Most of a dozen Democratic members of Congress are calling on FCC Chairman Ajit Pai to vote on clarifications to the FCC's political ad disclosure rules.
That came in a letter Wednesday (Feb. 22) to FCC Chairman Ajit Pai, according to a copy obtained by B&C/Multichannel News.
On Feb. 3, the Pai FCC set aside the clarifications and accompanying admonitions and warnings to stations, saying they should have been voted on by the commissioners rather than decided by the Media Bureau on delegated authority.
The Dems were disappointed that the clarifications were set aside, but are hopeful they will return with that commission vote. "The complaints will be returned to pending status and considered by the Commission," said acting bureau chief Michelle Carey said at the time.
The legislators also pushed for the FCC to bring "true transparency" to political files by using its authority to require disclosure of specific donors, which is something not even Democratic FCC Chairman Tom Wheeler would do despite similar calls from some of the same legislators from his own party.
Even as clarified in the now set-aside Media Bureau decision, the FCC's rules only require a list of the CEOs or board of a sponsoring entity, not the funders of such entities and their political ads.
They also put in a plug for making the political file data machine readable, something that various groups have called for, including those whose complaints the Media Bureau was resolving in issuing its decision.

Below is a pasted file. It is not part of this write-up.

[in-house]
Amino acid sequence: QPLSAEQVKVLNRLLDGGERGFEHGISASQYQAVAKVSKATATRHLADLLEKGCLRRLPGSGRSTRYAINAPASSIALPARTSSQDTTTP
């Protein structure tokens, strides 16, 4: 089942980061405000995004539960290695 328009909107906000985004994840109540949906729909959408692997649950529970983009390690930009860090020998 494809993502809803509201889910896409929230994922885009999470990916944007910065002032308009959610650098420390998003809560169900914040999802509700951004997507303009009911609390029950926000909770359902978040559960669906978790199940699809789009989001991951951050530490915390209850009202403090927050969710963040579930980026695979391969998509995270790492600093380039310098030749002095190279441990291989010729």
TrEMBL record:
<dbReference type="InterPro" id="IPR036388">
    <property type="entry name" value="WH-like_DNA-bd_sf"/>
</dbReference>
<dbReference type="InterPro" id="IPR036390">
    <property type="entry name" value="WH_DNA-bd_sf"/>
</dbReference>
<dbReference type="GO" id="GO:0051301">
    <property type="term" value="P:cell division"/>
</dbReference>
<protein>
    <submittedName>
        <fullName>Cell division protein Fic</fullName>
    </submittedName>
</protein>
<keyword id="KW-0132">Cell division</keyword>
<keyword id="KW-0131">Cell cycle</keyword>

The lead signatory to the letter was Rep. Ben Ray Luján, who authored legislation that would have required enhanced disclosures and machine-readable formats. as has Rep. John Yarmuth (D-Ky.)
On Jan. 6, the Media Bureau, on its own authority—rather than by a commission vote—admonished Scripps’ WCPO-TV Cincinnati for "failing to include in WCPO-TV’s political file certain information about two requests to purchase broadcast time for non-candidate issue advertisements.
Separately, in resolving complaints against a number of stations, the FCC took no enforcement action but provided clarification going forward about how political ads need to be disclosed, clarification that has been mooted for the moment.
Groups looking for better disclosures of the funders of ads, in the wake of the Citizens United Supreme Court decision that allowed corporations and unions to fund TV and radio ads in the run-up to elections, had pushed for tighter rules and complained that stations were violating the FCC disclosure rules already on the books.
Among those also signing the letter were House Communications Subcommittee Chairman Mike Doyle of Pennsylvania and former chair Anna Eshoo of California.
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